One of Mitt Romney’s top surrogates acknowledged Tuesday that the GOP candidate’s tax plan will only be revenue neutral if it sparks a degree of economic growth most economists regard as wildly implausible.
At the same time he warned Romney against targeting popular tax benefits as sources of new revenue to help pay for his plan to cut taxes by $5 trillion.
Taken together, the comments illustrate just how difficult it would be for any president to reform the tax code, and serve as a reminder that Romney’s tax plan is particularly dubious — and would likely require either increasing middle class taxes or tolerating significantly higher budget deficits.
“There will be a very helpful debate about whether things like the charitable deduction, the health insurance premium, the home interest deduction should be part of the deal,” said Sen. Marco Rubio (R-FL) at a Bloomberg View event.“[Reducing the mortgage interest deduction] is troubling, because it really helps the middle class,” he said. “Do you really want to hurt charitable giving in a country when you are saying that you want to rely less on government and more on private institutions to deal with these issues? And how are you going to raise taxes on people on their health care premiums when you are saying you want there to be a system in place where folks can have more control over their own money?”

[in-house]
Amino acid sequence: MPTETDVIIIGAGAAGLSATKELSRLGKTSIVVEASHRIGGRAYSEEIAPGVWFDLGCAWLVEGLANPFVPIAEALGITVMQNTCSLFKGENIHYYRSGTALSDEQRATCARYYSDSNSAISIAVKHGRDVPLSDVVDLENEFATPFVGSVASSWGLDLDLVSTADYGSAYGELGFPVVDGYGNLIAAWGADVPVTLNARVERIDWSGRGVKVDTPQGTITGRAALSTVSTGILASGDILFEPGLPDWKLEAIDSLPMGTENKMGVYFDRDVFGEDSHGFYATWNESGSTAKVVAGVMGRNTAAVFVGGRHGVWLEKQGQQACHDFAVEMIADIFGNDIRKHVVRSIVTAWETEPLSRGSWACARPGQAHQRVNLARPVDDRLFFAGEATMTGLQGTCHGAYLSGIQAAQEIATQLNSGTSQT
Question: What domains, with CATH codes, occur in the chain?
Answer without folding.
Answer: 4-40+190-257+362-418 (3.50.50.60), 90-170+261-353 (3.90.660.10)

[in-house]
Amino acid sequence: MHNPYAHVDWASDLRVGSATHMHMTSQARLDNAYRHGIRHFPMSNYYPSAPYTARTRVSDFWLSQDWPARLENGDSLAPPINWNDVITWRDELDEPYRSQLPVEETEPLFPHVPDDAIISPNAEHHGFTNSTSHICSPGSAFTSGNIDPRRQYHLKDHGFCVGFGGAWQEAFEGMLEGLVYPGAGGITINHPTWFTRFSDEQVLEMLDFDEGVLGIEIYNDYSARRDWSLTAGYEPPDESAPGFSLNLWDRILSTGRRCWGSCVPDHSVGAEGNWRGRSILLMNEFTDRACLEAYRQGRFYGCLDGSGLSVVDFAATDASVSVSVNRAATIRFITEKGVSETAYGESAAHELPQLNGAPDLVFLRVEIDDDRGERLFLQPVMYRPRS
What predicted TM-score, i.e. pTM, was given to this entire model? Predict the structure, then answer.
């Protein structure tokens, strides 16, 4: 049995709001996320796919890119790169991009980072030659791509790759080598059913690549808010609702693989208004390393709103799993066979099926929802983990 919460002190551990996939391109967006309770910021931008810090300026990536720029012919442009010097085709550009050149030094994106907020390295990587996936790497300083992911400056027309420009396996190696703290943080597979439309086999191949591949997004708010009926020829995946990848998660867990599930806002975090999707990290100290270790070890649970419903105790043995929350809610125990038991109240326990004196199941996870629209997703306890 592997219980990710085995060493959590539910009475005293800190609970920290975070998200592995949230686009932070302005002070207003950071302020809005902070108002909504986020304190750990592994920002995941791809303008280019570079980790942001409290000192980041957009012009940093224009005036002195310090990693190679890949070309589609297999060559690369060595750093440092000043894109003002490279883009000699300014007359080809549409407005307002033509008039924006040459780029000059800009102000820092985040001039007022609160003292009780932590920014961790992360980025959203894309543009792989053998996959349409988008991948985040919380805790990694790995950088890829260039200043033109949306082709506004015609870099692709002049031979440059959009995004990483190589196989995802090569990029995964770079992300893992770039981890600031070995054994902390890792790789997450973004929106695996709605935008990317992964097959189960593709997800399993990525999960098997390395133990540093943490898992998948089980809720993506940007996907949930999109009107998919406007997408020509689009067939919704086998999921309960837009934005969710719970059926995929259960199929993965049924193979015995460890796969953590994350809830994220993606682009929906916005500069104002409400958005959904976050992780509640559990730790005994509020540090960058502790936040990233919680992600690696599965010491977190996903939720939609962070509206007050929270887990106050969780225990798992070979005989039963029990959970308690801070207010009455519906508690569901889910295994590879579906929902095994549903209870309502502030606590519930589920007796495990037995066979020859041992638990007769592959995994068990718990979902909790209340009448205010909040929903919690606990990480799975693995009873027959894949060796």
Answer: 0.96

The tax exclusion on employer-provided health care and mortgage interest deduction are the two largest expenditures in the federal tax code. Charitable giving ranks in the top 10. All three, among others, are popular and have strong bipartisan support in Congress.
That a leading surrogate would be reluctant to roll them back makes Romney’s tax math even less realistic — and thus more reliant on dubious conservative tax cut assumptions.
“Here is where you get into that debate,” Rubio said. “You don’t dynamically score these things … I know you are going to roll your eyes. But I am a firm believer that economic growth is generated by these things and the evidence is there.”
The most comprehensive analysis of Romney’s tax plan, performed by the nonpartisan Tax Policy Center, borrowed economic growth assumptions from one of Romney’s own advisers. Despite those assumptions, they concluded Romney’s plan would either require higher taxes on middle-income earners or tolerating larger budget deficits.
Rubio’s remarks that he’d want Romney to tread lightly around big, popular deductions suggest that Romney’s across the board 20 percent tax rate cuts could simply end up starving the federal government of revenue.
A Rubio spokesman did not immediately respond to TPM’s request for comment.